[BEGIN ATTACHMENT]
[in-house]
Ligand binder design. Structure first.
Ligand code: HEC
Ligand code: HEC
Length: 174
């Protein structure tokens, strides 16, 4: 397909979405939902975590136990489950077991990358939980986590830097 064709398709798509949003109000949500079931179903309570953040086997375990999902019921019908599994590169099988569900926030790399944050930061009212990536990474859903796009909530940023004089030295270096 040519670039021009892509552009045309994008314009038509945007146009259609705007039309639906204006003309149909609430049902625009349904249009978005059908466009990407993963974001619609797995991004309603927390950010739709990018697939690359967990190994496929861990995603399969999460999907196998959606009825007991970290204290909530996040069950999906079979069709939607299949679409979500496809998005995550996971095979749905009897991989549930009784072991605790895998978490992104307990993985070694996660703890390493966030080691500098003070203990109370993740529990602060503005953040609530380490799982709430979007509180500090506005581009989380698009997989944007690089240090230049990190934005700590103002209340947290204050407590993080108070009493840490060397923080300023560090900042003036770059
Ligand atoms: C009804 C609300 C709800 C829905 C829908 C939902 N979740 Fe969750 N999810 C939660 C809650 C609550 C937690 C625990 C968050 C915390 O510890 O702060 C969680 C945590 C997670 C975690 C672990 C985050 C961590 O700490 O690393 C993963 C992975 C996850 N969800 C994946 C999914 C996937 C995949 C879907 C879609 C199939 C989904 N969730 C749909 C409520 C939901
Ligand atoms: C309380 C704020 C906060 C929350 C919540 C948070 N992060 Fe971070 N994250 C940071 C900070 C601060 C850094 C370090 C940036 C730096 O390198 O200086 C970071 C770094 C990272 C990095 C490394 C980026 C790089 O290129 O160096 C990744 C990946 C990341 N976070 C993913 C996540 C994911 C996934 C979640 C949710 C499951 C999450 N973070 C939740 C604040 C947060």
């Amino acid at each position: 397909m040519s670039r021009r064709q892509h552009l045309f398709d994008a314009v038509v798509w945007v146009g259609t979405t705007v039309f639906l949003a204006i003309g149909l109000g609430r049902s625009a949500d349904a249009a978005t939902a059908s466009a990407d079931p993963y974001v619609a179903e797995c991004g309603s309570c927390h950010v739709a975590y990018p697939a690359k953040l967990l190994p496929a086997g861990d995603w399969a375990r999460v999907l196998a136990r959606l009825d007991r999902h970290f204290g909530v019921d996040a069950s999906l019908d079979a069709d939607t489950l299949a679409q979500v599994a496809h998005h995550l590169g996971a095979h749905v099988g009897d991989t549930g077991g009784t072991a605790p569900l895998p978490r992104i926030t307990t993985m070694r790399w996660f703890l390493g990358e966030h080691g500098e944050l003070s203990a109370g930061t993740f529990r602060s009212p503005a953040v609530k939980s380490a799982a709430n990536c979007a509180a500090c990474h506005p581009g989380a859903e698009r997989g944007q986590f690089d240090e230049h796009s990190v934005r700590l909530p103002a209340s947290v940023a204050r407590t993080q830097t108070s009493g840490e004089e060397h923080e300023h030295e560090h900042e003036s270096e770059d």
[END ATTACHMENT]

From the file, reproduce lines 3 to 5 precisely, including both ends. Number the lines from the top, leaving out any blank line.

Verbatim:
Ligand code: HEC
Ligand code: HEC
Length: 174